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Covid-19 pandemic hurt more working women

 Women pass through raw sewage making its way to the road along Jam Street in Eastleigh, a bustling suburb on the outskirts of Nairobi on August 09, 2021. [Stafford Ondego, Standard]

The economic crisis stemming from the Covid-19 pandemic has hit women hard. According to data collected by the Bill & Melinda Gates Foundation, women were nearly two times more likely to lose their job than men in the first year of the pandemic. 

The Kenya National Bureau of Statistics (KNBS) showed that 50 per cent of working women were rendered jobless by the pandemic. 

By the end of 2021, men largely regained their pre-pandemic employment levels, but women’s employment failed to bounce back. Women’s unpaid care burden increased during the pandemic, and many have not returned to the labour market. 

For those who managed to keep their jobs, the pandemic exposed them to the struggles of working full-time jobs while simultaneously caring for young children at home. 

The pandemic hurt women’s autonomy, their families, communities, and wider economies. The lack of quality and affordable childcare excludes women from the workforce and limits their ability to take on quality employment and earn more. 

When women earn and control their income, they tend to channel the money towards their children’s health, education, and overall family welfare. Consequently, children receive quality child care in safe and stimulating educational environments, which is critical in their early years. A child’s formative years are a period of rapid growth and development that lays the foundation for future life success.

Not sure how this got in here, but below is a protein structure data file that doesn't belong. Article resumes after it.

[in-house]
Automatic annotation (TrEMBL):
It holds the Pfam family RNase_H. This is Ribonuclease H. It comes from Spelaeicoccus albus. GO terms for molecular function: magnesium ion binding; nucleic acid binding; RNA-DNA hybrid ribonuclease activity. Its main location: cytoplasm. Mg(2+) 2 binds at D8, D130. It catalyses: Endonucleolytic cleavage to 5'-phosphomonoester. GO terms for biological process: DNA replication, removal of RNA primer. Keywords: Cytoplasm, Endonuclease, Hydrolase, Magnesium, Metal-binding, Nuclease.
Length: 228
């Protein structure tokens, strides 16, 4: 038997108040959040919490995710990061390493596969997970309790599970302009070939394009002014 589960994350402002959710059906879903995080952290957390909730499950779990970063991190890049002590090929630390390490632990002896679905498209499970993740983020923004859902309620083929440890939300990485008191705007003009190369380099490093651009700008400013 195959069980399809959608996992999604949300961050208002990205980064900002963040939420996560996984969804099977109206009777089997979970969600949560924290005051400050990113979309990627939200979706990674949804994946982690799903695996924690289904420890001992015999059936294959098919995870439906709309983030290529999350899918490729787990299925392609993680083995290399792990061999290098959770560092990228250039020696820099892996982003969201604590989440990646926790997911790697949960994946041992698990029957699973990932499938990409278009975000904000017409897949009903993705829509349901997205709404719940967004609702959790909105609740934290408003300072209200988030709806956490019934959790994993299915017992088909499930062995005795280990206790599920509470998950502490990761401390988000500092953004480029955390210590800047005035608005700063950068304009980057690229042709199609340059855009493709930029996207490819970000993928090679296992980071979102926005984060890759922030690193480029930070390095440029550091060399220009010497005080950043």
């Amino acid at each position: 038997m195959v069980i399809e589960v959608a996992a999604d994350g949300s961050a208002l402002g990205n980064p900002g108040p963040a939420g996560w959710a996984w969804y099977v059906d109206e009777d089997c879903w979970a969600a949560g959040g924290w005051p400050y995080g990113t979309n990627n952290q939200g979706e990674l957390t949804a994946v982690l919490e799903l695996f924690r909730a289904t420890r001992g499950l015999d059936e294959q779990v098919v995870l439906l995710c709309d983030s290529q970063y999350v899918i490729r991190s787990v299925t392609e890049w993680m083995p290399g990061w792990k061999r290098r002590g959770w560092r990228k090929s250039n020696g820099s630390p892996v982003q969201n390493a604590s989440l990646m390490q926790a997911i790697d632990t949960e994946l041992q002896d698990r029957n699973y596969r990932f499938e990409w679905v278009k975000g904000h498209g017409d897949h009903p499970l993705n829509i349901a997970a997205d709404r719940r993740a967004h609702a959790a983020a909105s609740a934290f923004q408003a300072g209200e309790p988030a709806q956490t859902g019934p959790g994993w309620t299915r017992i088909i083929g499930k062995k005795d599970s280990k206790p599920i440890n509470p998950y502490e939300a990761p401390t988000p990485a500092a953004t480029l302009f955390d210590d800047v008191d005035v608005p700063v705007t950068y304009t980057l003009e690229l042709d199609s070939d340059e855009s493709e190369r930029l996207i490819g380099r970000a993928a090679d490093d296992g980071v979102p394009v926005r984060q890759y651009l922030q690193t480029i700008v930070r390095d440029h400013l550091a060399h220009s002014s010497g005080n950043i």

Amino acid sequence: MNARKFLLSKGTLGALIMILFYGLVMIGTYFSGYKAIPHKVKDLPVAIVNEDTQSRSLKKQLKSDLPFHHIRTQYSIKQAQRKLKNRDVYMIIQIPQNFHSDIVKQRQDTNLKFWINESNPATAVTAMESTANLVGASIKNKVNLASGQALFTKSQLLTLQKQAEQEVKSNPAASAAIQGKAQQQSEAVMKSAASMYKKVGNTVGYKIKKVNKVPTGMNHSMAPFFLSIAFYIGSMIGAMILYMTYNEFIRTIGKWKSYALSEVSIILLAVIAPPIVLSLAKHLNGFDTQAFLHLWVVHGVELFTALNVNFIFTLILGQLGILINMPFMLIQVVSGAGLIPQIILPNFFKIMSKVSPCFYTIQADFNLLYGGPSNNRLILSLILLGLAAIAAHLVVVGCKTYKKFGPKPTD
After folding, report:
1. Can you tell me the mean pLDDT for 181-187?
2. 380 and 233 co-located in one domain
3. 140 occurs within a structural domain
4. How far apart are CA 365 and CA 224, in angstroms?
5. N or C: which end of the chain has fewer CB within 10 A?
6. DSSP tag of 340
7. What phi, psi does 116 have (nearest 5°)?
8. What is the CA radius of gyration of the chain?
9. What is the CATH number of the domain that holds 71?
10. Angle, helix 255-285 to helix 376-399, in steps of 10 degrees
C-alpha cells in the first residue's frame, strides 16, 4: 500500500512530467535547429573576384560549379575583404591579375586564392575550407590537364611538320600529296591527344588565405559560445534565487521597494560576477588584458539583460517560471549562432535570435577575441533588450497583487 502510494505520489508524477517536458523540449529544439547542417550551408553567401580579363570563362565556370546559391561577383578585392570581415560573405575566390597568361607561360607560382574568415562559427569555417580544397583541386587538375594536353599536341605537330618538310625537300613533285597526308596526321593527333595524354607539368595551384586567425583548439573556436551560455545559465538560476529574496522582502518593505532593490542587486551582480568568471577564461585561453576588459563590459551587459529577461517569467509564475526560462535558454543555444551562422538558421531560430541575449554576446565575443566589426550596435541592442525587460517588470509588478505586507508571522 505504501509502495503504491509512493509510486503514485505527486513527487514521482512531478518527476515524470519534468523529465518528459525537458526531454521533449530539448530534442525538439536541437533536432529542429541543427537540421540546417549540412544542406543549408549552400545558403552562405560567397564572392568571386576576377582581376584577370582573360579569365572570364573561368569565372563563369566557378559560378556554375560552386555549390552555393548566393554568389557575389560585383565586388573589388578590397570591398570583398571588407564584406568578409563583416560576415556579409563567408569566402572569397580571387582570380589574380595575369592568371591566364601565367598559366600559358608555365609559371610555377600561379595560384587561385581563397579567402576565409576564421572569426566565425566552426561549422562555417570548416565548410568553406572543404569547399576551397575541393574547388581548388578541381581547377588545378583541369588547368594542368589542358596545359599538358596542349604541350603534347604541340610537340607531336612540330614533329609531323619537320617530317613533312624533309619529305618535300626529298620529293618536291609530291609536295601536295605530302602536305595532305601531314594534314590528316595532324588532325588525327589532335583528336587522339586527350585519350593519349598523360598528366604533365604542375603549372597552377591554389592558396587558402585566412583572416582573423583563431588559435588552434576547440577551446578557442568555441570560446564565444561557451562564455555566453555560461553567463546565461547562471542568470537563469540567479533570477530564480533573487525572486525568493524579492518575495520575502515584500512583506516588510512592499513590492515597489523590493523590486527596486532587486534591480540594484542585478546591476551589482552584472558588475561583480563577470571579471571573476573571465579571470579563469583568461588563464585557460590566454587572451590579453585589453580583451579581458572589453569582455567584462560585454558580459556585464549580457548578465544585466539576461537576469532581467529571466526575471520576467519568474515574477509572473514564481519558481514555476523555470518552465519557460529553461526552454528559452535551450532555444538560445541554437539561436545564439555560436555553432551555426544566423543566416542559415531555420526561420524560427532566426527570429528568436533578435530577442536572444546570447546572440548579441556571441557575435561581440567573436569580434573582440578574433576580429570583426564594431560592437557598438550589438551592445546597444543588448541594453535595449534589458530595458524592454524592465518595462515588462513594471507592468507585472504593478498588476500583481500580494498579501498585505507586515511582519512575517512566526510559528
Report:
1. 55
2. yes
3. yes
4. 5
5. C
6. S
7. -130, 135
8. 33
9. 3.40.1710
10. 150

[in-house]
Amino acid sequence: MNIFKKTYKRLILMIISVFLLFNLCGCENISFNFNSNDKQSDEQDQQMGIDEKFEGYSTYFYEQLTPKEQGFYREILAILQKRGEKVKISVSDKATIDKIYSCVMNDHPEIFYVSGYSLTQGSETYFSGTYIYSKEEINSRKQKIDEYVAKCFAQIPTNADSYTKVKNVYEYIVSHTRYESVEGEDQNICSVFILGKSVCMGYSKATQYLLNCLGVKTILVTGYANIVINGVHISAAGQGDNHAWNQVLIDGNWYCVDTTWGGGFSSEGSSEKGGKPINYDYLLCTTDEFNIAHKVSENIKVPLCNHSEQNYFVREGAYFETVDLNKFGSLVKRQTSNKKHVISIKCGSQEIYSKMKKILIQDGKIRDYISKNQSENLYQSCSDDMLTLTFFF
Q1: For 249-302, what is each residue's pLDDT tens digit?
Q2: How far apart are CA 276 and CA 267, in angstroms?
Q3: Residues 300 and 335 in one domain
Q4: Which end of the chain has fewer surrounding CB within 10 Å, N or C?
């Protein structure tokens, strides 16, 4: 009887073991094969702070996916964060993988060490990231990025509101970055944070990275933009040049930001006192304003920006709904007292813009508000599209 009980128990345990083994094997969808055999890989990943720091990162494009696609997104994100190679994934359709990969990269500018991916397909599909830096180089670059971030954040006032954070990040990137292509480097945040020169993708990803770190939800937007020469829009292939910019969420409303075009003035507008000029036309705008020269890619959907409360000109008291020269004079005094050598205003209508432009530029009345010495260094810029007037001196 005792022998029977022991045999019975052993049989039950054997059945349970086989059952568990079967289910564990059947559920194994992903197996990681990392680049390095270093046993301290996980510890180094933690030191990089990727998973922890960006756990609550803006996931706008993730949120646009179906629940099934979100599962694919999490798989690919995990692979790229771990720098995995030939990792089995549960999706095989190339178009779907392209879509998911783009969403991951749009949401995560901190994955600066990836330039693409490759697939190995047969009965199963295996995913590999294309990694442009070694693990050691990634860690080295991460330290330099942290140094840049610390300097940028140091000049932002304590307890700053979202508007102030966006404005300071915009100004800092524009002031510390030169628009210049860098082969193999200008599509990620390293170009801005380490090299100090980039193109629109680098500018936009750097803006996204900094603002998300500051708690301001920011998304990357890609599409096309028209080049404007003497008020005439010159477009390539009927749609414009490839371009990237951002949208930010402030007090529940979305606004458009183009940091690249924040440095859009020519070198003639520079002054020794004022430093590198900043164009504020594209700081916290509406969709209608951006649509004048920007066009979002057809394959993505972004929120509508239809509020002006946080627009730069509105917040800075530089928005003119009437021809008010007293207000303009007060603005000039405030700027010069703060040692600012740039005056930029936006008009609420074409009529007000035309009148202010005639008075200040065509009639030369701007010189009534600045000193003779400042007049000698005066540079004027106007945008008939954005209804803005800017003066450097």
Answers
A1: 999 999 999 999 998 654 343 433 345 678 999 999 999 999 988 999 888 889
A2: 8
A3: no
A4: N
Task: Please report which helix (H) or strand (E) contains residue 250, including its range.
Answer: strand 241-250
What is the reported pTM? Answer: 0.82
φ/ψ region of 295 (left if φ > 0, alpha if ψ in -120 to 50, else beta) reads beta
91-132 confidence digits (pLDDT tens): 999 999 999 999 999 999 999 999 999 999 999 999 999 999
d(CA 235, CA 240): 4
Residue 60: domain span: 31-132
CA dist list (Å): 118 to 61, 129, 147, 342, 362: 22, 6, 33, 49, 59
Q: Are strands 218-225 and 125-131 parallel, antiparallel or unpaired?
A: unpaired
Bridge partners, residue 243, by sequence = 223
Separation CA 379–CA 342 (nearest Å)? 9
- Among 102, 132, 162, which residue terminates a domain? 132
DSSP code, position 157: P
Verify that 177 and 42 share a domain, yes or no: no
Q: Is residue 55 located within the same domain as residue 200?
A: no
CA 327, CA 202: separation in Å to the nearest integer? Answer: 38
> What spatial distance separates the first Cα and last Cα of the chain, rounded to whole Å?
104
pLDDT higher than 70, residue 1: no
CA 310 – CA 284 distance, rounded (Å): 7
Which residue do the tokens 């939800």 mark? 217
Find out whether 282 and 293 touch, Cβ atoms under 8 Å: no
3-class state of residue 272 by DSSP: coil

According to the 2022 SDG Gender Index compiled by Equal Measures 2030, overall progress on gender equality across the SDGs has been too slow, fragile, and fragmented. The impact of Covid-19 has exacerbated inequalities, threatening to reverse these fragile gains. 

A study conducted by the Bill & Melinda Gates Foundation revealed that providing access to childcare for women who don’t have it could mean a $3 trillion increase in global GDP (in PPP) due to the rise in female labour force participation. In Kenya, for every Sh115 ($1) invested in childcare programmes and policies, primary caregivers could generate Sh805 ($7) in economic activity through entering the labour force.

The World Bank, US government, and foundation partners yesterday launched a new programme to scale up quality, affordable childcare in developing countries. The move was a critical investment to build the next generation of human capital and place women at the centre of an inclusive global economic recovery.

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